Garland features 6 compositions, all but one written and arranged by Dr. L. Subramaniam, the Indian violinist, and recorded in Copenhagen in 1978. I seldom play this LP, but it certainly illustrates the versatility of our man Asmussen, who seems to be at home with just about any form.
The Chamber Choir & Eric Ericson Encounter Svend Asmussen presents an exceptional mixture of Beethoven, Schumann, and Bach pieces alongside those of John Lewis, Dizzy Gillespie and Duke Ellington! Toss in folk tunes from Brazil, Japan, and Africa, a live TV-audience, and the famous Swedish Chamber Choir under the direction of Eric Ericson, and the result is something quite extraordinary. The recordings date to 1972-73. The CD was reissued in 1988.
ALL THE REST
I have several Asmussen releases on LP which may or may not have been released on CD. This is by no means a complete list, but the following are worth mentioning and certainly worth picking up from a used record dealer if the chance presents itself.
Danish Jazz, Vol. 6 covers the same period as Phenomenal Fiddler-Vol. 2, but only 4 of the 15 cuts on this album are duplicated on the CD. Where else can you hear Svend doing the great novelty numbers "The Booglie Wooglie Piggie" and "My Old Man"? I've had this LP for many years and if this were the kind of world it should be, it would be released on CD as the next order of business.
Hot Swing Fiddle Classics was my introduction to Svend Asmussen. Four of the five cuts on this 1979 release are also on Musical Miracle-Vol. 1, but the tracks by other hot fiddlers Stuff Smith and (especially) Emilio Caceres make this an attractive album nonetheless.
As Time Goes By features a collaboration with Lionel Hampton, recorded in Copenhagen in 1978, with support from Niels Henning Orsted-Pedersen (bass), and Ed Thigpen (drums). This LP is really tough to track down, but your effort will be rewarded. Producer Rune Ofwerman plays piano on the title track and the result - - just a hint of what Benny Goodman's small group could have been like.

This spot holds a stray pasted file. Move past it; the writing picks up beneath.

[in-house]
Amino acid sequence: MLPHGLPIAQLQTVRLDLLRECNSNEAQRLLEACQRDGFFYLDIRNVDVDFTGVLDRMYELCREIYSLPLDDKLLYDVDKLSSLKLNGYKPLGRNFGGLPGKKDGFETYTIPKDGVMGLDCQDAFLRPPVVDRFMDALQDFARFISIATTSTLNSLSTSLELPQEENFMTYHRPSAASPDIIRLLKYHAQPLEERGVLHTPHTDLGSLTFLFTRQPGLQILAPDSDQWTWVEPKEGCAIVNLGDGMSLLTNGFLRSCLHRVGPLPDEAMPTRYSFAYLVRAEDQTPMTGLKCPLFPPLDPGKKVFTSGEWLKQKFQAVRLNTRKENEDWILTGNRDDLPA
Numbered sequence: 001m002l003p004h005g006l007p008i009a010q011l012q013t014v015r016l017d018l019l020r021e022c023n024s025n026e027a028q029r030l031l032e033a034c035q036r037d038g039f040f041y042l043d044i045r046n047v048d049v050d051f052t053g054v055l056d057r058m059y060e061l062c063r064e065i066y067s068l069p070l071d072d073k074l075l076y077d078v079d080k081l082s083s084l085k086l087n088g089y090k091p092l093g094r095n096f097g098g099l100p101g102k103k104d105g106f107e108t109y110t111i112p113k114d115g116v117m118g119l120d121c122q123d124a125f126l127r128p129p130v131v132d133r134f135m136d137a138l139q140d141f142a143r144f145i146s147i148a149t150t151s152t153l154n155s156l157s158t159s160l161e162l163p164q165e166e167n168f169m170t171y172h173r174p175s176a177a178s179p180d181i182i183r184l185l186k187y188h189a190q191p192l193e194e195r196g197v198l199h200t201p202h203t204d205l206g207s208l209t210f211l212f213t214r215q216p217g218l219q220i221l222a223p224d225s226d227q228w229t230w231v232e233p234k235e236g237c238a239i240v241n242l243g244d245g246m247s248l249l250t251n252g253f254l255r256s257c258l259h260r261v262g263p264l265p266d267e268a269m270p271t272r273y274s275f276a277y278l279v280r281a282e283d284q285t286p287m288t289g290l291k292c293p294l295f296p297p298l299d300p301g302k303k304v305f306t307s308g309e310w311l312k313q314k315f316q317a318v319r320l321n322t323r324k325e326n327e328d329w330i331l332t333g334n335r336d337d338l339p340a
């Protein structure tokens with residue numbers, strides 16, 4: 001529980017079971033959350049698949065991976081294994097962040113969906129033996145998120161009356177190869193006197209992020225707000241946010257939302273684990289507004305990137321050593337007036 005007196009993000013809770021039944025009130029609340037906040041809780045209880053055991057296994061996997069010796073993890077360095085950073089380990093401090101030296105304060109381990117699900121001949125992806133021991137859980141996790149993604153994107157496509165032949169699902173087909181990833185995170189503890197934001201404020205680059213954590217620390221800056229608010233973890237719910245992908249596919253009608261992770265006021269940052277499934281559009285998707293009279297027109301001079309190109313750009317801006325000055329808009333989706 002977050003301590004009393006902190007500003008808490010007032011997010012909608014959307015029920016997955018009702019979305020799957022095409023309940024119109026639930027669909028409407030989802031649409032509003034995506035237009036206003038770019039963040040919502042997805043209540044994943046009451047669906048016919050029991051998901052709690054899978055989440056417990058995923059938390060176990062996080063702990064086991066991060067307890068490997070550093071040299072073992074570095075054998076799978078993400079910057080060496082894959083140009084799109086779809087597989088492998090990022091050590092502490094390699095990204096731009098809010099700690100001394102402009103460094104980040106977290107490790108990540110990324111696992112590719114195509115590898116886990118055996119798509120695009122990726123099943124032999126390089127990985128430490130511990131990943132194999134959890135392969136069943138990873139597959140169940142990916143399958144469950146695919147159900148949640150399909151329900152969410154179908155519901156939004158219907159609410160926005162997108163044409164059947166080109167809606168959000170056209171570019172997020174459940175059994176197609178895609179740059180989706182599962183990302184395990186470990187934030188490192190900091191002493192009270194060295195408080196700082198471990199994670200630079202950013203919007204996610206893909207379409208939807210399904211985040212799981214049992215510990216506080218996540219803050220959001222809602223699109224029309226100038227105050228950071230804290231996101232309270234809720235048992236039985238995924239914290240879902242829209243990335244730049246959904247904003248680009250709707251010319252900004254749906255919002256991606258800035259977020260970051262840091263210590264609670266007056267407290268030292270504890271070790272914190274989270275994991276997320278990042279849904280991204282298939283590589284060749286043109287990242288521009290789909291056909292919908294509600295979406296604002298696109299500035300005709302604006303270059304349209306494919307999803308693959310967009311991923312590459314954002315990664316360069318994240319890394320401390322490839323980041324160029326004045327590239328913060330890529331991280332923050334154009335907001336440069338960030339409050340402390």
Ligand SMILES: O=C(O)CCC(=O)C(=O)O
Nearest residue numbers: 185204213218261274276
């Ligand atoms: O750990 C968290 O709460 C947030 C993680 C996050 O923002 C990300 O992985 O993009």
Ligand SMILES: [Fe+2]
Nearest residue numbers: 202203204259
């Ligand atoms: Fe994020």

Danish Imports is, as the album states "intimate jazz by two of Europe's greatest instrumentalists." Svend teams with guitarist Ulrik Neumann for a dozen laid back standards that are truly delightful. Spin this baby on the turntable and all the stress and cares of the day melt away. Recorded in Hollywood in 1961 during a break in the Swe-Dane's annual US tour.
Dansk Guldalder Jazz Vol. 1-2 is a double-LP covering Danish Jazz releases between 1933 and 1941. Asmussen's first recording ("Tiger Rag") is included. Svend appears on about one-quarter of the 28 cuts. The highlights here, though, are the two songs by "De Tre Rhythm Girls," a terrific vocal trio!
Dansk Guldalder Jazz Vol. 3-4 is another double-LP, these volumes covering the years 1942 to 1949. This one mainly features Leo Mathisen and others, but there are a couple of Svend offerings of interest, recorded in Stockholm, Sweden, with the late '40s version of his group.
Despite the "All The Rest" heading of this section, there are numerous other albums featuring Svend Asmussen. These include many non-Jazz recordings, as well as an available-only-in-Europe multiple CD set reissuing virtually all of his earlier popular recordings. A more complete discography, compiled by Joel Glassman, is available elsewhere.
Those of you with browsers that support certain music players may now click the little black right-pointing arrowhead and listen to Svend Asmussen playing just a taste of his signature tune "June Night." Some of you heard it when this page first loaded. [18 seconds -- 205K]
Svend Asmussen recordings are not always easy to find, but the Internet's leading retailer usually has them. Clicking on the Amazon.com image will take you to a page where you can search for them. And if you buy something, there is a small rebate to yours truly that will help defray the expense of maintaining this site.
SVEND ON VIDEO
Back in 1981 the still-active Benny Goodman made an appearance at a jazz club in the Tivoli Gardens complex in Copenhagen, Denmark. During the second half of the show Benny called upon his old friend Svend Asmussen to come up from the audience and join in a few unrehearsed numbers. Fortunately, this concert appearance was filmed and is available on video tape. The tape is in color and runs for about 50 minutes. The image shown at left is from this concert tape. The last time I looked, it was still available from internet sources, though you may have to look around a bit. The search will be worth the effort and you won't be disappointed.